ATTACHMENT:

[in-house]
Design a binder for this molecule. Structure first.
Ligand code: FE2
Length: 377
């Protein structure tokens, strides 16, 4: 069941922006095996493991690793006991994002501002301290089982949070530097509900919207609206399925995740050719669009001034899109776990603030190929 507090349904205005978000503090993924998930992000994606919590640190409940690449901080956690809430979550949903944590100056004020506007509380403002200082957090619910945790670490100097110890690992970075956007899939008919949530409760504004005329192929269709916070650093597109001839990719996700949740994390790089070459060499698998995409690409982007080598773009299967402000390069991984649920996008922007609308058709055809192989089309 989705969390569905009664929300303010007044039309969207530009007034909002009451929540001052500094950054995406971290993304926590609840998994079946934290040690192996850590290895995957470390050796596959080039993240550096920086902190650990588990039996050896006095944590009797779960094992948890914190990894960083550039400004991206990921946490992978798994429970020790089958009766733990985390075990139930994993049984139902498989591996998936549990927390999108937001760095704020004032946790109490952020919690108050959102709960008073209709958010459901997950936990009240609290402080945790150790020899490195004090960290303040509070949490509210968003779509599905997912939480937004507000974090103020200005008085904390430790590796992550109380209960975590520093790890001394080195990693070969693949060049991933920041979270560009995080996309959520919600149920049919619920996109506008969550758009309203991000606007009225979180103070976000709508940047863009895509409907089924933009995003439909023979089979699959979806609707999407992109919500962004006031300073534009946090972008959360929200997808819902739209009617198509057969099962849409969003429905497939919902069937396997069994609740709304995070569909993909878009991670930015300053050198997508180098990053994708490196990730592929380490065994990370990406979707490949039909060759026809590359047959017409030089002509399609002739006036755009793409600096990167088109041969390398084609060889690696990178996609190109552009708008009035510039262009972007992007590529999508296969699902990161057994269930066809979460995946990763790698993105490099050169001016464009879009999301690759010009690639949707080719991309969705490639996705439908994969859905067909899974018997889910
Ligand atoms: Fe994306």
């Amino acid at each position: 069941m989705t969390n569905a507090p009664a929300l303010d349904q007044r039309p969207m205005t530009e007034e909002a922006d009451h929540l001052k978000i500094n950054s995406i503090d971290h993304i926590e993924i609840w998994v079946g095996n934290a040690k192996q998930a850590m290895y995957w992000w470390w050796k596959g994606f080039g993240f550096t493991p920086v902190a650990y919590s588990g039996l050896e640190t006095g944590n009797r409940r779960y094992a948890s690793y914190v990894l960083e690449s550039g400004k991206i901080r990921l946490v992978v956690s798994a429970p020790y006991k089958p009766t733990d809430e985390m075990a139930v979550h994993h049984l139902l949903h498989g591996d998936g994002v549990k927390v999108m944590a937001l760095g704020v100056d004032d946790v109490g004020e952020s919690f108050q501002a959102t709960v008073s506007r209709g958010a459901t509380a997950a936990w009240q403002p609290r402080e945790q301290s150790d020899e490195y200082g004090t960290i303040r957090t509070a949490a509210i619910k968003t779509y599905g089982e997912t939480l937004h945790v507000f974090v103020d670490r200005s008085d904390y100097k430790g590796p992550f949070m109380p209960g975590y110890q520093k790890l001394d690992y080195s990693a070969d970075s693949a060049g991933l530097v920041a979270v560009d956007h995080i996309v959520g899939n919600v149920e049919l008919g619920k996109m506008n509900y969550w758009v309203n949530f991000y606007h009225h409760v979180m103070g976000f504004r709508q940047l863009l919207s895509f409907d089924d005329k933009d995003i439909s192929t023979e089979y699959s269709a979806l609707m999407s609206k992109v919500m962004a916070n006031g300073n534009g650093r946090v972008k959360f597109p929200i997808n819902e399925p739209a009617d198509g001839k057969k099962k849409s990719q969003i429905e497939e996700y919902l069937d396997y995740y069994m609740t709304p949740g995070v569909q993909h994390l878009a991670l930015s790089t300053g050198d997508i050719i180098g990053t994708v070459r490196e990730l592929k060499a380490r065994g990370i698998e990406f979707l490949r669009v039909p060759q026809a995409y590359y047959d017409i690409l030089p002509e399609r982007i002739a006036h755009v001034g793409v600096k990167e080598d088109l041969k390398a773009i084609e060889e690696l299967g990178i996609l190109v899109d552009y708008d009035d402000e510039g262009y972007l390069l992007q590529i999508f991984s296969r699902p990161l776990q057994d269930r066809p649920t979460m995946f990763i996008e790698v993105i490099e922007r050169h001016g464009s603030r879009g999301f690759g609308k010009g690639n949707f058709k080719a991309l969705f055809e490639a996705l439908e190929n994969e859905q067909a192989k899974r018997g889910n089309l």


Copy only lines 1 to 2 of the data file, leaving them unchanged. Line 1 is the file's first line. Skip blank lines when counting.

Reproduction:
[in-house]
Design a binder for this molecule. Structure first.